On October 12, 2010 the Plaintiff, Tommy Cates, a fuel truck driver for Parman Energy made a routine delivery to Babb Lumber in Ringgold, GA. After making his deliveries to their storage tanks, some gas was left over and Babb Lumber wanted the remaining gas pumped into an old 1972 Ford F600 truck they used around the yard to haul shavings from one location to another. The truck was not operated outside the yard, and had no license tag. Plaintiff was outside his truck tending to some levers and valves on the side of the fuel truck, when he was suddenly struck in the back and pushed into the side of the fuel truck. He had been hit by the old Ford truck Babb’s driver was bringing down to be topped off. Fortunately, due to the angle of impact, Cates was not crushed, but he was knocked up against his own truck and then thrown to the side. Babb’s driver claimed that as he approached the fuel truck and tried to bring it to a stop, “the brake went to the floor,” and afterwards, they claimed that the master cylinder was “very low” on brake fluid. They could not say, however, when the brakes had last been serviced, and he did not keep any service records on that truck. It was admitted that they did not run the truck “out on the street because it was dangerous.” The impact injured Plaintiff’s low back and eventually he underwent surgery after months of consevative treatment. He was not able to return to work as a fuel truck driver.
  • Arch Chemical Fire Case Settled for Confidential Sums

    Practice Area:
    Personal Injury
    Date:
    Jan 10, 2014
    Outcome:
    Settled
    Description:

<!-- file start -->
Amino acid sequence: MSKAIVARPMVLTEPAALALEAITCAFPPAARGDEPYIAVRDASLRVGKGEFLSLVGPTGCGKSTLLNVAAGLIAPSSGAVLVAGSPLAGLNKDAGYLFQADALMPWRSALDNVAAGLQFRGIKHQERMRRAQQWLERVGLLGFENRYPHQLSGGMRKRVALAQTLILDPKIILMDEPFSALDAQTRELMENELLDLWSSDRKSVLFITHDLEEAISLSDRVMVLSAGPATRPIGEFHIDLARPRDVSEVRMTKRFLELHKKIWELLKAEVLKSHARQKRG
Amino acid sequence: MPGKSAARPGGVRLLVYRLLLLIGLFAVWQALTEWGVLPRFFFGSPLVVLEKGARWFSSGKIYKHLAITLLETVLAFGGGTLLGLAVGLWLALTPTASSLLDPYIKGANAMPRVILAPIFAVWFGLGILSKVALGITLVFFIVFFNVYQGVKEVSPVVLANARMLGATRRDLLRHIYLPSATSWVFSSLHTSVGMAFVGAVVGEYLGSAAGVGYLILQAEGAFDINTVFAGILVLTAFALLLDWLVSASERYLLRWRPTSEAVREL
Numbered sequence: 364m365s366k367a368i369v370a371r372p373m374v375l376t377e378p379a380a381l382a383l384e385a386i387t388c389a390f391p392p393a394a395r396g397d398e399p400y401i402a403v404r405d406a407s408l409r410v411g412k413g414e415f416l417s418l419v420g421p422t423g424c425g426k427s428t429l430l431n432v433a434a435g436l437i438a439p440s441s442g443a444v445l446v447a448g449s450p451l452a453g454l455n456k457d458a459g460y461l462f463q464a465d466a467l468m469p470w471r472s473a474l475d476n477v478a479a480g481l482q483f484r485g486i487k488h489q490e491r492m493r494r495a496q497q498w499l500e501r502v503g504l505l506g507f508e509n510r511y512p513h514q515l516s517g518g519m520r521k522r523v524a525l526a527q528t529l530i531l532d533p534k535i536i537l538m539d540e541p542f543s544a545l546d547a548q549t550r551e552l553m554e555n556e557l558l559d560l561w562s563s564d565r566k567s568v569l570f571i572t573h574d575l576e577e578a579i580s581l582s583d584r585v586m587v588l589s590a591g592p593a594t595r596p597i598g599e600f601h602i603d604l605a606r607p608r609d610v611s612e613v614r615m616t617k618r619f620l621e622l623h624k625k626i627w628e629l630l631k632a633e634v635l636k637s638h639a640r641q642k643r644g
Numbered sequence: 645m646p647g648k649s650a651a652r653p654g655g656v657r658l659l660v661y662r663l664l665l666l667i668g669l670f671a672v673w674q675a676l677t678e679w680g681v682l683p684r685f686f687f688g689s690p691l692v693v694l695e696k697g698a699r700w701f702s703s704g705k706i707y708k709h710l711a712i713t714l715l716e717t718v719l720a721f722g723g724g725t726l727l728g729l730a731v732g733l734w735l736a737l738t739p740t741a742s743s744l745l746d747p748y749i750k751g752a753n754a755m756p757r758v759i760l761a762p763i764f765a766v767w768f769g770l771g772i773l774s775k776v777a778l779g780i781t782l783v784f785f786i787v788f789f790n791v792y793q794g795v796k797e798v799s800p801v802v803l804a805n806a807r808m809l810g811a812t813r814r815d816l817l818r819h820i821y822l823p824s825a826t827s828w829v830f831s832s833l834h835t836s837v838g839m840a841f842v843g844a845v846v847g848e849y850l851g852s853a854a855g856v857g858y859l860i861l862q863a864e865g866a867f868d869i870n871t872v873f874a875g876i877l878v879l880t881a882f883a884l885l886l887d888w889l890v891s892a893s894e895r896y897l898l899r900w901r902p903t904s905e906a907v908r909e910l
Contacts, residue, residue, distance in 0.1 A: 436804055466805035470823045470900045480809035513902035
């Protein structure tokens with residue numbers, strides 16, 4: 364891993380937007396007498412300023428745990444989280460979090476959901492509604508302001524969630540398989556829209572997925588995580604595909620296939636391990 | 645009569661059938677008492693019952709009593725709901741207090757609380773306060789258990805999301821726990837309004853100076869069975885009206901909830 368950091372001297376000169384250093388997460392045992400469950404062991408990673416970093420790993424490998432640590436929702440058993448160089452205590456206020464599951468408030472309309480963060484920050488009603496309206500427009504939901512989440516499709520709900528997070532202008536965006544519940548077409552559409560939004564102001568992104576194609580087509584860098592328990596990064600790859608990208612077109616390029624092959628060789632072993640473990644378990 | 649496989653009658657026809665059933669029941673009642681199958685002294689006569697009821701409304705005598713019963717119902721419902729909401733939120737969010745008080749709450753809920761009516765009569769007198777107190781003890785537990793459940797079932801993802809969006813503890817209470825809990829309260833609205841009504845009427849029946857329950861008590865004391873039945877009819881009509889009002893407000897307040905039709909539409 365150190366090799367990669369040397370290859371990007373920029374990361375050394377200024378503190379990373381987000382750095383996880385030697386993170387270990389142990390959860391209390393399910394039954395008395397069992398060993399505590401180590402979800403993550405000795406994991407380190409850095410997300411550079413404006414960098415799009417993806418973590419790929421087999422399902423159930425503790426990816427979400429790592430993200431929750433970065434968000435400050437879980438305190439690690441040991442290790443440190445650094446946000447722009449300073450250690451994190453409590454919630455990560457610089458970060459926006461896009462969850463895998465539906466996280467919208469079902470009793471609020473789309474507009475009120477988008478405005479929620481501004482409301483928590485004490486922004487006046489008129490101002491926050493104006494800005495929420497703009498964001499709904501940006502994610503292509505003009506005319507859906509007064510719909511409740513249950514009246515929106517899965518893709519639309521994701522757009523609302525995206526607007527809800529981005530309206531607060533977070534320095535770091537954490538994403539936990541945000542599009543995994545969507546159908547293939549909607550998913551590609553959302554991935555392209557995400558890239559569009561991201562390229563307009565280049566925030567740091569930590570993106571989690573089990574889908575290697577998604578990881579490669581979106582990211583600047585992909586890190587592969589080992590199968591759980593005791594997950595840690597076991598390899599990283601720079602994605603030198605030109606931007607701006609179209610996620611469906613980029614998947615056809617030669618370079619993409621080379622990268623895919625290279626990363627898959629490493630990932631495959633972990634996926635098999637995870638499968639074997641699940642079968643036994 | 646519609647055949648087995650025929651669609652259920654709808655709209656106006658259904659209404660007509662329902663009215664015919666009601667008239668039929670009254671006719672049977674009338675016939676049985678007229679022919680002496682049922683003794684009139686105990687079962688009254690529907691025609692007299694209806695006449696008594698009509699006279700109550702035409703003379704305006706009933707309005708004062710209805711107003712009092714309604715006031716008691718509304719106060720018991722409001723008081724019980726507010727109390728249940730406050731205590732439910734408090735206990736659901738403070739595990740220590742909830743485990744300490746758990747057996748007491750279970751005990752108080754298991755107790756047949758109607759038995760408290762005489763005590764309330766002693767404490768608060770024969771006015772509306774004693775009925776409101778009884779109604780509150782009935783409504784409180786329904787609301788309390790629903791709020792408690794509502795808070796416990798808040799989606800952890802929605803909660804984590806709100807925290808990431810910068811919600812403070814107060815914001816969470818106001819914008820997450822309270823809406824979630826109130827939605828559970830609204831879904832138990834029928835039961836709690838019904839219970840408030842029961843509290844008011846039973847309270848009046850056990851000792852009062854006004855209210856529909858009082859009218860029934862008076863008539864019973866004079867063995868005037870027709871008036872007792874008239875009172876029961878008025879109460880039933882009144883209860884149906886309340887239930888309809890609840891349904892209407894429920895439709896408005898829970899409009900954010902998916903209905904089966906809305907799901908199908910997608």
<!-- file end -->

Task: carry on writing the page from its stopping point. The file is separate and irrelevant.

On June 12, 2011, a fire broke out in the chlorine rework process area of the HTH building at the Arch Chemical plant in Charleston, Tennessee. Arch Chemicals manufactures chlorine products for swimming pools, working in close association with Olin Corporation, which is located on the same property. Very quickly heat, chlorine gas and smoke filled the building and were soon boiling out of the roof vents several floor above. Four ironworkers employed by BIS Frucon Industrial Services, who were building a scaffold on the roof of that building, were trapped on the roof above the fire. The men immediately donned their respirators and tried to escape, but the heat, gas and smoke was intense and visibility was very limited. Escape routes were engulfed in heat, gas and smoke. Eventually all of the men were able to escape the roof and get to safety, but three had sustained very serious injuries, including burns, lung damage, and orthopedic injuries due to falling while trying to escape. The fire had spontaneously ignited in HTH chlorine products that were being stored by Arch Chemicals in plastic rework totes. Rapid decomposition caused spontaneous ignition and the fire broke out. Plaintiffs alleged that Arch Chemicals had stored an excessive number of plastic totes in the area which caused the fire and that there was no fire suppression system in place or that it failed to function properly. Arch Chemical and Olin Corporation were supposed to cooperate and coordinate responses in the event of an emergency situation through their Emergency Response Teams, but neither of them sounded an evacuation alarm until it was too late for the Plaintiffs. And to make matter worse, first responders from Bradley County were held up at the gate upon arrival at the plant. Plaintiffs filed suit in Bradly County Circuit Court but the defendants removed the case to Federal Court in Chattanooga, Robert Dan Green, et al v. Arch Chemicals, Inc., Olin Corporation, et al, 1:12-CV-00220, U.S. District Court (E.D. Tenn.). The case presented complex issues concerning the liability of the various defendants, which included both Arch and Olin and Olin’s security contractor, Securitas, as well as exclusive remedy under Tennessee law. It was settled after mediation in January 2014, under a confidentiality agreement that prohibits disclosure of the amount paid to each of the Plaintiffs.